Fiction: Where the Crawdads Sing by Delia Owens.  I haven’t met anyone who doesn’t adore this book.  “Owens reminds us that we are forever shaped by the children we once were, and that we are all subject to the beautiful and violent secrets that nature keeps.”  The imagery, the story, the characters. This book is amazing and you won’t want to put it down.

What’s the best networking advice for job seekers you’ve heard or shared? 

When I was a freshman at Tech, I was invited to hit up a bar with some friends to play pool.  The problem was I was 17 and couldn’t even get in to a bar.  When I told my friend this, he paused for a moment and said, “Walk in like you own the place.”  So, I did. And I beat him at pool.

I share this story not to tell you to break all the rules (although I’ll be the first to admit I’m a bit of a rebel).  Confidence is powerful – but it isn’t just your confidence; it is how comfortable you make others in the room, too.  If you can put yourself and others at ease, you’ll do just fine.

What’s the fastest way to NOT get a job or internship with you? (e.g. what should potential applicants avoid doing if they were to ever interview with you for a position).

There are two questions I ask candidates during every interview: (1) How do you approach a complex problem? and (2) What’s a good day for you?

I ask these questions for a few reasons.  Are you willing to ask questions or ask for help?  Are you willing to fail forward? Are you able to acknowledge what you don’t know and learn?  I need you to feel comfortable with failure, with learning and trying again.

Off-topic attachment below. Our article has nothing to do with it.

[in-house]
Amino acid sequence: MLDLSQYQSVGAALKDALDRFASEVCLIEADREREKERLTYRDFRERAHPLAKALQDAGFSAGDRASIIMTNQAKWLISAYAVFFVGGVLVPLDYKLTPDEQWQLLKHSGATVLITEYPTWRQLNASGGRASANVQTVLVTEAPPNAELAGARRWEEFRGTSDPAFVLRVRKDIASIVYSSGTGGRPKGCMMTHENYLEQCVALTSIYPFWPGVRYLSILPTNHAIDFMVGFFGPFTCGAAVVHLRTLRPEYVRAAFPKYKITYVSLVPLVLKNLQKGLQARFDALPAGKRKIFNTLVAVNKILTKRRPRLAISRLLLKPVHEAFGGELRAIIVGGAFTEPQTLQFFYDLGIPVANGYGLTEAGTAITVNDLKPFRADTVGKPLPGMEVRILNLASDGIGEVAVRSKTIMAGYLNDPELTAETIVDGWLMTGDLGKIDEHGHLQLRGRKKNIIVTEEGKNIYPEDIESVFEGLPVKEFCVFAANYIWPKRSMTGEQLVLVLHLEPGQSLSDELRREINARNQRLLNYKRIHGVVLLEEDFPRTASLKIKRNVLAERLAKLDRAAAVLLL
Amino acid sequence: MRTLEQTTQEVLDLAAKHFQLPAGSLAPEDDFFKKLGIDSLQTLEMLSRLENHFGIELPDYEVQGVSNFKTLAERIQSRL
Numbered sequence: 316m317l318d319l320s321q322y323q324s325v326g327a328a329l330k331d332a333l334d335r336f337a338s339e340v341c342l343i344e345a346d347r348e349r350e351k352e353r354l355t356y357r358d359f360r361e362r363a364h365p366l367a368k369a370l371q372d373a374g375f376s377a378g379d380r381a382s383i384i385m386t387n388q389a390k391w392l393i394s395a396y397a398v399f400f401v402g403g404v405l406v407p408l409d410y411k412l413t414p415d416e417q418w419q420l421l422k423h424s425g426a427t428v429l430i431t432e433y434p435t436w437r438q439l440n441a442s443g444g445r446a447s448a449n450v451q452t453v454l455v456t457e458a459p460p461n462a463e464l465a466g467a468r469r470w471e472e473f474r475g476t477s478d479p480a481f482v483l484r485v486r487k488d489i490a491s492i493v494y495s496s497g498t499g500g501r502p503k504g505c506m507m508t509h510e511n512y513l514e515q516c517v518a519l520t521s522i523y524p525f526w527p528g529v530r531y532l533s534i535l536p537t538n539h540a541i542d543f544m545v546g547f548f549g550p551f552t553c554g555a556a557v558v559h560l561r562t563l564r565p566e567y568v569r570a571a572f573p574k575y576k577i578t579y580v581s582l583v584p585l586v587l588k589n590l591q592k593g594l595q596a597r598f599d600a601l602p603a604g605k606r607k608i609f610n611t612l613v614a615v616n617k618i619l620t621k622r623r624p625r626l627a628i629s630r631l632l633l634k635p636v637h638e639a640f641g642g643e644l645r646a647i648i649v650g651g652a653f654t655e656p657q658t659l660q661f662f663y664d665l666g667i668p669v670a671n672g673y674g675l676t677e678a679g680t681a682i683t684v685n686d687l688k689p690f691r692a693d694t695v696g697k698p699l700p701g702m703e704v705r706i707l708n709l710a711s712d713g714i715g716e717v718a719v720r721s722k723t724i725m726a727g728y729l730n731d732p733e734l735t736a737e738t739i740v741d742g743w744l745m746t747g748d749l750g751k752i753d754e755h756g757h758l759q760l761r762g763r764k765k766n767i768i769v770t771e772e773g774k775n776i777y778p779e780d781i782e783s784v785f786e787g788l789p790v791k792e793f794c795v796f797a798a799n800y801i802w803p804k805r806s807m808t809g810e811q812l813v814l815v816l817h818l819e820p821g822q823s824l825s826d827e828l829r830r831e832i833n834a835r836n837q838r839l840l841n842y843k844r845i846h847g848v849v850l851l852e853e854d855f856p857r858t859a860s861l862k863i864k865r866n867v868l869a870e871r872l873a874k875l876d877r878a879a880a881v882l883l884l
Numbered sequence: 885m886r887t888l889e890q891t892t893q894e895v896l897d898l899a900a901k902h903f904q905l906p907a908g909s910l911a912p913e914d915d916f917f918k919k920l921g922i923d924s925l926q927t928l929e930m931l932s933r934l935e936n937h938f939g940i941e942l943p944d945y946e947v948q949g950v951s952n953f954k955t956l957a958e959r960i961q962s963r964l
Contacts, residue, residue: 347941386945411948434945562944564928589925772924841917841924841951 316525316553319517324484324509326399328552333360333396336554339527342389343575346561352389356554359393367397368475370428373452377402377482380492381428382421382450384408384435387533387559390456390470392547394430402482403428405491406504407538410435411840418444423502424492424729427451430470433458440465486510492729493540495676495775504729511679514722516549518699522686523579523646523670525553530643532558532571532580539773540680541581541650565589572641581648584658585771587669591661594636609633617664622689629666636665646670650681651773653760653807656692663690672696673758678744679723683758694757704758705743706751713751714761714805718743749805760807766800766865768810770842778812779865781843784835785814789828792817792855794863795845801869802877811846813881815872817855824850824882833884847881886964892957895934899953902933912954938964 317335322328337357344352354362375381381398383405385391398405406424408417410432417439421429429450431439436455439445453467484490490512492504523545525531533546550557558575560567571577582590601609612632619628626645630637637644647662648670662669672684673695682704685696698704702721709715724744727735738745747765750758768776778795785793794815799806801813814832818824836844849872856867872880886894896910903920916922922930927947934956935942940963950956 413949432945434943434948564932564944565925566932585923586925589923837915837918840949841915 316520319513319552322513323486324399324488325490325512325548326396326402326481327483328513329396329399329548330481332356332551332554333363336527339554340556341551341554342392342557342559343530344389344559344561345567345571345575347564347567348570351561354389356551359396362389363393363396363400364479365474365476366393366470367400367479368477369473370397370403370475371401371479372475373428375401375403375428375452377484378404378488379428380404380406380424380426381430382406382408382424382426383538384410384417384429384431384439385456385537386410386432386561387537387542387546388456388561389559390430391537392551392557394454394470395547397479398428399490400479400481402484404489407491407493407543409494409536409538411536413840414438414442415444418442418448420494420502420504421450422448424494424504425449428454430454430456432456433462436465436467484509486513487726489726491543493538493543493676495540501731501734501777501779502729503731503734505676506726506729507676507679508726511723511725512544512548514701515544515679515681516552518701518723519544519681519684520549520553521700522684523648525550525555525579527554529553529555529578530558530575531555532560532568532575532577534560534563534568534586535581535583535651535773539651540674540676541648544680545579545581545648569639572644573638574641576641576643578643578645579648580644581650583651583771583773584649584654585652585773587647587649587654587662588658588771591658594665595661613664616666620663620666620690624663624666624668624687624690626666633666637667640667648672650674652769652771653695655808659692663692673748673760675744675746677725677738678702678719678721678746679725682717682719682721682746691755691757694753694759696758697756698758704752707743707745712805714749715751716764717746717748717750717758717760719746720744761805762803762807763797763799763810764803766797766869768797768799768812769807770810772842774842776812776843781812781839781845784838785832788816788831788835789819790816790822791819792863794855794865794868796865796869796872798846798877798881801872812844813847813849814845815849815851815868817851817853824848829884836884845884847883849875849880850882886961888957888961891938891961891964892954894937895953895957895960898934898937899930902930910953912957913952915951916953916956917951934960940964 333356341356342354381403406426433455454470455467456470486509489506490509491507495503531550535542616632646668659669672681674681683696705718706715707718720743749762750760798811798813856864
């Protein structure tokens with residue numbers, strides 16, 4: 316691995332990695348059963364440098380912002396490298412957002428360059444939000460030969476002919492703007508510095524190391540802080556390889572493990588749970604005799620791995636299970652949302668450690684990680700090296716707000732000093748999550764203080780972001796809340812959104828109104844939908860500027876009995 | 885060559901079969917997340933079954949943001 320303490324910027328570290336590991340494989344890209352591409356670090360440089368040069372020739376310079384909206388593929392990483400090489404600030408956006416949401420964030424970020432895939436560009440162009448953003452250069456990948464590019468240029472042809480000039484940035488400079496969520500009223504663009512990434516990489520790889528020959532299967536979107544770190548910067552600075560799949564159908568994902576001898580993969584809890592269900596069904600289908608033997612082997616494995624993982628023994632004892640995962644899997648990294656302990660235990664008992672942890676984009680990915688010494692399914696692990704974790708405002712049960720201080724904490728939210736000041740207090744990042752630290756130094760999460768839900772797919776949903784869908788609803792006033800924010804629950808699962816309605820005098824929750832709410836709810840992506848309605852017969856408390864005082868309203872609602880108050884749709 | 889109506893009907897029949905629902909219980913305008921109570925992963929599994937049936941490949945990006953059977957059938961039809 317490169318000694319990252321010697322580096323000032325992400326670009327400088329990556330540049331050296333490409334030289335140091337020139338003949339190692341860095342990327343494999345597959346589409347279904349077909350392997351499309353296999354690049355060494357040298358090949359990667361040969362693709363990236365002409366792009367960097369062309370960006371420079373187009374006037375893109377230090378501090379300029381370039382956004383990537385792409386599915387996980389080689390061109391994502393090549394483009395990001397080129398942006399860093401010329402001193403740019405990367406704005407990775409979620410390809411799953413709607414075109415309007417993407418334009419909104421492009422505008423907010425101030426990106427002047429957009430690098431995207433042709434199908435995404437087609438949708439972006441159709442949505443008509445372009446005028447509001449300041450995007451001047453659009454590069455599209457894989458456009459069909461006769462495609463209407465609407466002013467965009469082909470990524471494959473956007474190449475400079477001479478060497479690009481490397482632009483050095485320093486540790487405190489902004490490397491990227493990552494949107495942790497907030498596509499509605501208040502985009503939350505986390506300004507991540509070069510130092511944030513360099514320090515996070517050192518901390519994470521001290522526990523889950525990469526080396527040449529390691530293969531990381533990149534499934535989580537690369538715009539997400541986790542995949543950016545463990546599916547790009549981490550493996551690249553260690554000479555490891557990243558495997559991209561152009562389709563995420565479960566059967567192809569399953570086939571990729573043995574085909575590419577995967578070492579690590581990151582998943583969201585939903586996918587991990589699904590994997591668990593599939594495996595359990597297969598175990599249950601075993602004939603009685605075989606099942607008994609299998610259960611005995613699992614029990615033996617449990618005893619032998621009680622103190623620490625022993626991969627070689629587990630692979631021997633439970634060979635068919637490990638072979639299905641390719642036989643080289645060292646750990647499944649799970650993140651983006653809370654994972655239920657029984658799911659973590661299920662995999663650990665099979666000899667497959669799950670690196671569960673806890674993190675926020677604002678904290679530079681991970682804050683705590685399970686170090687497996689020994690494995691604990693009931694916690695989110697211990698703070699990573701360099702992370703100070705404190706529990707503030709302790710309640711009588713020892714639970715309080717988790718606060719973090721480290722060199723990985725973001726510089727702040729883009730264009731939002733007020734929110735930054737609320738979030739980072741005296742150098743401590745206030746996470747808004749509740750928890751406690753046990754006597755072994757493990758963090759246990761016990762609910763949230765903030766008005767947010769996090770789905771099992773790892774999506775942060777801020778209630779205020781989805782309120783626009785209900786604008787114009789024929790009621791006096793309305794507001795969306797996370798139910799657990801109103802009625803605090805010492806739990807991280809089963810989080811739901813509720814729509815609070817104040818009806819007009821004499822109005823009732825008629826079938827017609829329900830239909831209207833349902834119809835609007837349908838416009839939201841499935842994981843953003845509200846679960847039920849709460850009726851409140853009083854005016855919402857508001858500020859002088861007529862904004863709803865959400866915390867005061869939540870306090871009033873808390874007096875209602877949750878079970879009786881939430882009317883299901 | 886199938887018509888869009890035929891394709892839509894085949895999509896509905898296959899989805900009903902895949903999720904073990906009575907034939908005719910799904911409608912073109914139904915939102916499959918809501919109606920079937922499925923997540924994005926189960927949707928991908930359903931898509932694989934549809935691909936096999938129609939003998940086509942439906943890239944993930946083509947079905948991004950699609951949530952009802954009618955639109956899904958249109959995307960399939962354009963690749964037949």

I also want to make sure your life is not 100% about your job.  Work is important, but your world should be bigger than your 8 to 5.  What you do outside of work is as critical (if not more so) than what you do at your desk; it also impacts creativity, productivity, and flow in your personal and professional life.

And the #1 thing(s) NOT to do – Don’t bash your last boss.  Don’t tell me something (or someone) is stupid. Don’t bring politics into the conversation.  Don’t be hateful. Just. Be. You.

Why should an undergraduate student consider a career working in local government?

Why not?

Local government is architecture, engineering, education, policy, law, development, planning, community, service, roads, water, waste management, transportation, finances, data, analysis, action, impact, and so much more – all rolled into one.  You don’t have to be good at just one thing – you can be a generalist and succeed here. I learn something new every day (and most of my colleagues do, too). The best part? Every day I impact someone’s life for the better, even if in a really small way.

Do you have a work or life motto? What is it?

Just one?  How about four!  Here are some of my favorites:

  • “No mud, no lotus.” – Thich Nhat Hanh 
  • “Collaborate with people you can learn from.” – Pharrell 
  • “Your brilliant first flop was a raging success!  Come on, let’s get busy and on to the next! … Life might have its failures, but this was not it.  The only true failure can come if you quit.” – Rosie Revere, Engineer by Andrea Beaty
  • “I cannot be letting Lizzo down like this anymore.” – everybody on Twitter (and they are right)